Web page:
Music of the future, and music of the past
To live without my music, would be impossible to do
For in this world of troubles, my music pulls me through.”

John Miles
Jeremy covers Sandstorm by Darude and Bad Guy by Billie Eilish

It was March 2017, a typical Saturday evening in Albury, NSW. Young merry-makers were wandering between the pubs in Dean Street. Albury musician, Jeremy Kerr, was set up on his usual busking corner opposite the post office.

A group of passers-by asked Jeremy to play a rendition of Darude’s Sandstorm on his Melodica, an instrument that had captured their curiosity.

An obliging fellow, Jeremy agreed. The result now lives in the Albury Music Legends Hall of Fame (well, it would, if there were one).

The video of Jeremy nailing every note of the popular rave anthem, with a small flashmob of revellers, went viral, attracting an astonishing three million views in just 24 hours after it was picked up by popular Facebook page The LADBible. The humble melodica, and the humble Jeremy, were suddenly centre stage.

The Melodica is a free-reed instrument similar to a pump organ and harmonica. It has a musical keyboard on top and is played by blowing air through a mouthpiece fitted to its side. Pressing a key opens a hole, allowing air to flow through a reed. They are popular in music education, particularly in Asia.

Wikipedia states that the instrument was popularised in the 1970s by reggae musician Augustus Pablo. We believe this needs updating to state that it was popularised one Saturday evening in Albury in 2017, by musician Jeremy Kerr!

We invited Jeremy to the blog to talk about his busking experiences, other than on that fateful occasion.

Why the Melodica?

Mostly because there’s so many guitarists out busking. I just wanted to kind of stand out from the crowd. Melodicas are not very well known so I thought instead of playing guitar, why not do something different?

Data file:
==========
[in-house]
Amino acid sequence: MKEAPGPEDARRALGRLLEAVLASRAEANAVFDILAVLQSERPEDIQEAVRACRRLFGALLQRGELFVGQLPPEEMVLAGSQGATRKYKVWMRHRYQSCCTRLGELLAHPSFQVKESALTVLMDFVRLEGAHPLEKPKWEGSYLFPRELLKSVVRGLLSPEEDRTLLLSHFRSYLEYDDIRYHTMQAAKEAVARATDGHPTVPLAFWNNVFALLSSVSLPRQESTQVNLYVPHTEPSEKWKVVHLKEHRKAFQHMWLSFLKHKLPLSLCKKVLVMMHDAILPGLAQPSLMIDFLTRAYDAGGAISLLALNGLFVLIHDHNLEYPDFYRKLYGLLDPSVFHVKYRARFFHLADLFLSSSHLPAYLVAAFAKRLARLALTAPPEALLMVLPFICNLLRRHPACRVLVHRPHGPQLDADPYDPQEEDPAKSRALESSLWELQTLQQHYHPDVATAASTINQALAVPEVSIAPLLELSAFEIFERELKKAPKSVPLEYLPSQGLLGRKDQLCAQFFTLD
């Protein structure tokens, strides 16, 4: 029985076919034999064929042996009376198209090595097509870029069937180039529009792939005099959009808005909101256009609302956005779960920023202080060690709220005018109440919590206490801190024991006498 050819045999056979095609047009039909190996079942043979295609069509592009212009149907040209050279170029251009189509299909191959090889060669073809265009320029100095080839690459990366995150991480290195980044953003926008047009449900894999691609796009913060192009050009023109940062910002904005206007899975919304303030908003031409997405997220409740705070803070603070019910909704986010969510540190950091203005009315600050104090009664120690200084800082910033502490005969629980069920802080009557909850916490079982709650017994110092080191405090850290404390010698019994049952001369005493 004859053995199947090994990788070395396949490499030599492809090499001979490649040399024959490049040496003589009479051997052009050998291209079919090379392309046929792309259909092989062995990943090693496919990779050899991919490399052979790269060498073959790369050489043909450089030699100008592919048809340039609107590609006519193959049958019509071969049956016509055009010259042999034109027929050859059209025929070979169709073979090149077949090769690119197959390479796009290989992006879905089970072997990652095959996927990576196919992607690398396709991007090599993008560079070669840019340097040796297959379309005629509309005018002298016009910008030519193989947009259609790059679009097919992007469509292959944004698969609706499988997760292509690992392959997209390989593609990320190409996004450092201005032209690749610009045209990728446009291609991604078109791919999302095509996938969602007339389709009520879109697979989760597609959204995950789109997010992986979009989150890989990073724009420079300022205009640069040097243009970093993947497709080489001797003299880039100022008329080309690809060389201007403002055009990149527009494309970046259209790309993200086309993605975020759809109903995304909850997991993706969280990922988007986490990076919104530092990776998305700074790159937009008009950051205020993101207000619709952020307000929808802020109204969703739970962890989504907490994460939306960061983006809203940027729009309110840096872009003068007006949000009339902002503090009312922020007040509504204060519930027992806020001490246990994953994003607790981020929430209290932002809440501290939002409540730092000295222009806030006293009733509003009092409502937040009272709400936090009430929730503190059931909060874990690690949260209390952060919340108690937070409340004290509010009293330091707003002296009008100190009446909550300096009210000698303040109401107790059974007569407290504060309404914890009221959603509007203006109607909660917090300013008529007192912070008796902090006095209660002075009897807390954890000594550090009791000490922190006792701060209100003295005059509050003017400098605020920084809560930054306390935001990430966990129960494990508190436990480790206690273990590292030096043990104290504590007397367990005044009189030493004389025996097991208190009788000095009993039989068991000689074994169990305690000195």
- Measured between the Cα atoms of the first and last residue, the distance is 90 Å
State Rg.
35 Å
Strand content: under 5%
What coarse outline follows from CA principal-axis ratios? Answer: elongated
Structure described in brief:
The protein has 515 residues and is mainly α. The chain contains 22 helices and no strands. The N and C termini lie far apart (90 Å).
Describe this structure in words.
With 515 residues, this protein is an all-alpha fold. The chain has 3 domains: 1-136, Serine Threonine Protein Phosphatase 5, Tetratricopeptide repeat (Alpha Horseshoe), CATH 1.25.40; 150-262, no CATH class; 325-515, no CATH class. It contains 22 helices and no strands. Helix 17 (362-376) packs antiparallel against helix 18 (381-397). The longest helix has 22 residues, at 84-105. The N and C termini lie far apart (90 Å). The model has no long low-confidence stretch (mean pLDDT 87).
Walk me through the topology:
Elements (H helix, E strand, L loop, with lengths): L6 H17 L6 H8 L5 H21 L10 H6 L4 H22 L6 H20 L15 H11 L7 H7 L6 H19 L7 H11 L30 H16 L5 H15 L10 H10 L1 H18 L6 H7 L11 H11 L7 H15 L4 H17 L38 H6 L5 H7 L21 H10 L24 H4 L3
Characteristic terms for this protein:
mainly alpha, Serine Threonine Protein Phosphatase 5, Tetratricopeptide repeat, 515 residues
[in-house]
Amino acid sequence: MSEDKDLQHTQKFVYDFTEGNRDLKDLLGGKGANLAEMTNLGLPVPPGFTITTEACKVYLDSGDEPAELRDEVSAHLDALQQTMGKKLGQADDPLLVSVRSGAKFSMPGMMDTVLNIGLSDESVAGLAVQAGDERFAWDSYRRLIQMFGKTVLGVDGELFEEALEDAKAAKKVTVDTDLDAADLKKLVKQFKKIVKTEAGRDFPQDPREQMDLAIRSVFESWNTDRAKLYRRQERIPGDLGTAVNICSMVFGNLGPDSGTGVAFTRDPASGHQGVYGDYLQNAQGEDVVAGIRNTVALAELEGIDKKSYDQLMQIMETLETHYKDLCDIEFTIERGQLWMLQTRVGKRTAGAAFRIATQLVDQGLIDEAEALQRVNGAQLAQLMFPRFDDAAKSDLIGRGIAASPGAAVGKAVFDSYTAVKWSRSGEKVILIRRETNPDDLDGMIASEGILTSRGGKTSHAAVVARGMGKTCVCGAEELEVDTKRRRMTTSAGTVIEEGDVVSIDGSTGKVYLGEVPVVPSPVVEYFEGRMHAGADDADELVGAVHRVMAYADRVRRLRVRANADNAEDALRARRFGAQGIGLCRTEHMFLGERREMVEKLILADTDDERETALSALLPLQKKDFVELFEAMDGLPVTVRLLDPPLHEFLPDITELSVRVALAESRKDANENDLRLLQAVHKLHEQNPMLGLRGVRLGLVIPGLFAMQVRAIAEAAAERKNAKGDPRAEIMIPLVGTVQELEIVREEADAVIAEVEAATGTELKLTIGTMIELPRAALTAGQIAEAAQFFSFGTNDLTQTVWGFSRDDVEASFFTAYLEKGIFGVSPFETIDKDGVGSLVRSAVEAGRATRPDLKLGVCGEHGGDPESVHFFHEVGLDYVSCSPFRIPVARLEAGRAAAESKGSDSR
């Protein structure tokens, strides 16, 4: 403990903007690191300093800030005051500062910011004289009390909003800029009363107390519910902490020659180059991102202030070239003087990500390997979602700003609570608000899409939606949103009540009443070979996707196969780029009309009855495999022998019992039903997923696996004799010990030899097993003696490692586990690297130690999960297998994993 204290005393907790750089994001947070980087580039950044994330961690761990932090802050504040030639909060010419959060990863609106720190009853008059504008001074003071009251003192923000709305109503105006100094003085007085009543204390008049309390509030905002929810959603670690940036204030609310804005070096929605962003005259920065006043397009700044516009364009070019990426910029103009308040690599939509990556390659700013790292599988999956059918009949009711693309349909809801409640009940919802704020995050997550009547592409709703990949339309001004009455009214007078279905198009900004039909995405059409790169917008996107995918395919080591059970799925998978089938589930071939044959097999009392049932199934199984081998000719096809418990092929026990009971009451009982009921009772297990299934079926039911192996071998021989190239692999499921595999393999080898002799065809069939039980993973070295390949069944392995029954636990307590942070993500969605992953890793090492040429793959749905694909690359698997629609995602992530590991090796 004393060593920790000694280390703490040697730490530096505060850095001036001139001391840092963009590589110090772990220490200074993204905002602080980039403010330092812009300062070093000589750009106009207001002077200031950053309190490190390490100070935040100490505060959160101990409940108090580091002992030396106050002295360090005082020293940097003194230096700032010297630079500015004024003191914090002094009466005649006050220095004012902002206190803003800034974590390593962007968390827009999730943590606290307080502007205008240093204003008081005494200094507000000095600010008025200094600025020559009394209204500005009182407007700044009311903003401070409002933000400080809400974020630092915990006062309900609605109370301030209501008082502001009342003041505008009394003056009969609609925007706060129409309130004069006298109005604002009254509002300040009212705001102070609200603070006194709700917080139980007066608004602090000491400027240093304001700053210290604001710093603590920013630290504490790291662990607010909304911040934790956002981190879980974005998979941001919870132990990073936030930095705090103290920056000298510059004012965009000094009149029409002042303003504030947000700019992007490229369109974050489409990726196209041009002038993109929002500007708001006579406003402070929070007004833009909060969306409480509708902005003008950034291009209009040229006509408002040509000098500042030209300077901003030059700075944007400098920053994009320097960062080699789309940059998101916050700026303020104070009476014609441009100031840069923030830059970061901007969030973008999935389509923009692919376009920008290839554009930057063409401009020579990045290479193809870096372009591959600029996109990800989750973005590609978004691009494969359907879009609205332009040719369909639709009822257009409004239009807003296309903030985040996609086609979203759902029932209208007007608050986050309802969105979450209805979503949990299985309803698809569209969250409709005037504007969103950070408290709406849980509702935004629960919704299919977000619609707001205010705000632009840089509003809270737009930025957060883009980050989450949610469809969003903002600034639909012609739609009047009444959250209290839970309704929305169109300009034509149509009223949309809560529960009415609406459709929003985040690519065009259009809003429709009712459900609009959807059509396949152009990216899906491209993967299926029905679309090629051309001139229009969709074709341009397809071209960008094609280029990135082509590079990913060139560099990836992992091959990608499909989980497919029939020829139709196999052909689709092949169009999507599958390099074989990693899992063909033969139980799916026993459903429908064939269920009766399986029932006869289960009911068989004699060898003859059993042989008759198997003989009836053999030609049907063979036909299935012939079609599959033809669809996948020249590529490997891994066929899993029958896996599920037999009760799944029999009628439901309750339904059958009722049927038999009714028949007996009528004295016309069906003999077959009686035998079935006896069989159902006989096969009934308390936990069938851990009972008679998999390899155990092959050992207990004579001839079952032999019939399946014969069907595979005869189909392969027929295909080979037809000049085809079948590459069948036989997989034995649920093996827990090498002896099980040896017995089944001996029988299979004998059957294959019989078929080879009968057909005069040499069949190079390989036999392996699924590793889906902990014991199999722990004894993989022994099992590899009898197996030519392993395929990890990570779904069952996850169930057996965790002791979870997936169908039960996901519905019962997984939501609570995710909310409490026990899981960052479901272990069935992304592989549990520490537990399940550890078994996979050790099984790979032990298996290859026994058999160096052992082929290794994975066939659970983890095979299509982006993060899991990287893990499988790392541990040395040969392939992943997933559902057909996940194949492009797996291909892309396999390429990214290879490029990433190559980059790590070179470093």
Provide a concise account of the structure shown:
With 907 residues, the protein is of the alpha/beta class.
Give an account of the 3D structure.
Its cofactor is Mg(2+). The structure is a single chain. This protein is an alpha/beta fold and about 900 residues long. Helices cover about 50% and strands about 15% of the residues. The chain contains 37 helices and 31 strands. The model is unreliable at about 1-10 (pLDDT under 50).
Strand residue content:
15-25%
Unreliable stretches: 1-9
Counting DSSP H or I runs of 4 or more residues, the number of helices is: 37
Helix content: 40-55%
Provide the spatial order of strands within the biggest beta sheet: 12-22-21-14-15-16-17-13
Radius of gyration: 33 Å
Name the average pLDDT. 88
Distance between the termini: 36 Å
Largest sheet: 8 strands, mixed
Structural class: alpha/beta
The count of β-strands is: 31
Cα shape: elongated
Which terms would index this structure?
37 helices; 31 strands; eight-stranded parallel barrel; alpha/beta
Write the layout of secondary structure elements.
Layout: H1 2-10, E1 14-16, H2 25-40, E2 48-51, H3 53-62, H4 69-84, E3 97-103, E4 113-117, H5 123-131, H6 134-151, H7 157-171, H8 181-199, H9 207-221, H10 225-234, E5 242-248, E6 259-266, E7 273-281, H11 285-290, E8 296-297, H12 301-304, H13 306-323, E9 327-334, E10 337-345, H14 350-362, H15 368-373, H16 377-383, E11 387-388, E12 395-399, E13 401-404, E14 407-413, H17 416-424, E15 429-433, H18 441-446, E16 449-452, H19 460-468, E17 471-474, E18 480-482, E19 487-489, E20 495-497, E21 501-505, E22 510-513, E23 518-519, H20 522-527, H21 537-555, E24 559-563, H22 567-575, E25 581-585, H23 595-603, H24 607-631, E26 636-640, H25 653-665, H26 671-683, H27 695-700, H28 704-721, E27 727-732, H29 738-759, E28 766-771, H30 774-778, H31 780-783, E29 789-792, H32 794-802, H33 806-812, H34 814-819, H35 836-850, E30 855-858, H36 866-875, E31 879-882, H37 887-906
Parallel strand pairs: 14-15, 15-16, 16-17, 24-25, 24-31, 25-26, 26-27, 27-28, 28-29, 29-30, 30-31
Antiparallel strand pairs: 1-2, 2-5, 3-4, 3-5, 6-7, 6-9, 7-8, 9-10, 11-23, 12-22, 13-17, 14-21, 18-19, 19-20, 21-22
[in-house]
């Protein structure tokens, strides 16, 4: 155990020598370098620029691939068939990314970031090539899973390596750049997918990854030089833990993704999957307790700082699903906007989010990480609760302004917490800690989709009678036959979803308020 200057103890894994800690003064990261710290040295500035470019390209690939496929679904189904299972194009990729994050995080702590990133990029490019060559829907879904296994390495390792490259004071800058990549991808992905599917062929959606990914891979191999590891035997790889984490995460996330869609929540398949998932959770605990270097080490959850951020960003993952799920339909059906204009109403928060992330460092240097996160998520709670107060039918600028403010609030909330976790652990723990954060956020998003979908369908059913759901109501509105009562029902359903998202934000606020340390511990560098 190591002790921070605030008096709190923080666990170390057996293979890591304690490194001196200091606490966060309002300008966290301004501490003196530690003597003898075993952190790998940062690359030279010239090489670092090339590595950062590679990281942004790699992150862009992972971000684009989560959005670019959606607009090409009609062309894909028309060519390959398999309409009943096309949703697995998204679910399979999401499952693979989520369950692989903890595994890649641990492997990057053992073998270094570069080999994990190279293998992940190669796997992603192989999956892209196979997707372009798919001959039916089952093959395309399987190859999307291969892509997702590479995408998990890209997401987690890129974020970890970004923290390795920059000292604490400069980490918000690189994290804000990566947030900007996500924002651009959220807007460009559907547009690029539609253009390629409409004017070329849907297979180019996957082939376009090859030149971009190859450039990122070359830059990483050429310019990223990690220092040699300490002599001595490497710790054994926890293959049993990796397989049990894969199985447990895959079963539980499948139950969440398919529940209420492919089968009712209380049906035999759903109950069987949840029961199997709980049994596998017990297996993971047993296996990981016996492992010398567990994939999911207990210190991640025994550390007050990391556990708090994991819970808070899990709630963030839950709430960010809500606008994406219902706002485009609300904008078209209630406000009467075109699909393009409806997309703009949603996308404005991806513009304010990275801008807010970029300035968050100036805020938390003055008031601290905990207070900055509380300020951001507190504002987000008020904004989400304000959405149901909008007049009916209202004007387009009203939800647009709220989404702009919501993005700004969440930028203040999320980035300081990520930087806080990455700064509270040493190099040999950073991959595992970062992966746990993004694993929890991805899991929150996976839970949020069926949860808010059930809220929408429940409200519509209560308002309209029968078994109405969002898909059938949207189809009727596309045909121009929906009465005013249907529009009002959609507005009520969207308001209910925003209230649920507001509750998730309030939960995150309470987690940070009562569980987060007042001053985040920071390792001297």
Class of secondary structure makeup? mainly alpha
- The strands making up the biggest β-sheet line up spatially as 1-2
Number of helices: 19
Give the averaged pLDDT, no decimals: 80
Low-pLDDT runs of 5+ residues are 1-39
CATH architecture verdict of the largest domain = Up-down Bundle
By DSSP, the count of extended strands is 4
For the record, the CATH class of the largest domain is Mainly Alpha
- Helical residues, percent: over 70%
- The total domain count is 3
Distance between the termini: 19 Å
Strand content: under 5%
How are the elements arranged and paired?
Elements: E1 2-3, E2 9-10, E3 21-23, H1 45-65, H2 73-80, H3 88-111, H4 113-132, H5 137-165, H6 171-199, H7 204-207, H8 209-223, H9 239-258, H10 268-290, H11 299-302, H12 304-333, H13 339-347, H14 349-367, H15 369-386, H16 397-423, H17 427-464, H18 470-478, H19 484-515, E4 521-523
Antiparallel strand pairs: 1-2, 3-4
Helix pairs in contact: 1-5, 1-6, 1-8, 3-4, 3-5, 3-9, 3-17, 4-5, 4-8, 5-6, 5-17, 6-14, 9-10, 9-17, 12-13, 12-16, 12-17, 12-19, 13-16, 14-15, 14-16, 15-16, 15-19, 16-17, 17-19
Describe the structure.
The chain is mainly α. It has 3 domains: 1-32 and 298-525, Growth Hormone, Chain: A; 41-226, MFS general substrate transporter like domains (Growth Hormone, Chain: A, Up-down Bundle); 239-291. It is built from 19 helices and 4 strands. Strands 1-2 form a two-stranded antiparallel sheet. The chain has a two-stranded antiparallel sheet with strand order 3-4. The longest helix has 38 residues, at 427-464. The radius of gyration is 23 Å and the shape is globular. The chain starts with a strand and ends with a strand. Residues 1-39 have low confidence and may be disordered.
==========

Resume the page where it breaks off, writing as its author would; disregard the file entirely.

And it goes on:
Is it difficult to play?

Only as difficult as learning the piano. I had about 1 year of keyboard lessons when I was in Year 11 and it’s pretty much just the same principle as piano.

What are your most requested tunes?

Obviously Sandstorm is the standout. People just associate with me with that one now. Also the Super Mario theme is a popular one, for some reason I get asked for that quite a lot, not sure why, must be a lot of gamers out and they probably associate that one with memories from their childhood.

What other instruments do you play?

My first instrument was the classical guitar. Then I moved on to the trumpet, then I tried the tin whistle. When I was young my parents took me to the Port Fairy Folk Festival and bought me a tin whistle there. I made all sorts of random sounds on it. It wasn’t until I was about 16 that I tried to hone my skills on it and eventually, with enough practice, I learned to do all manner of things with it. I can also play the harmonica, I sing a bit, I’ve dabbled in trombone, saxphone, ukulele. Overall I can play about 6 to 7 instruments fairly competently and on top of that another 15 or so, average (very average).

Where do you do most of your singing?

I perform A Cappella with a barbershop quartet called Good Gravy. Our biggest performance was at Albury’s Carols by Candelight in 2019. We were pretty stoked with that performance. We’ve also busked regularly at the Farmer’s Market on Gateway Island as well as a few other gigs.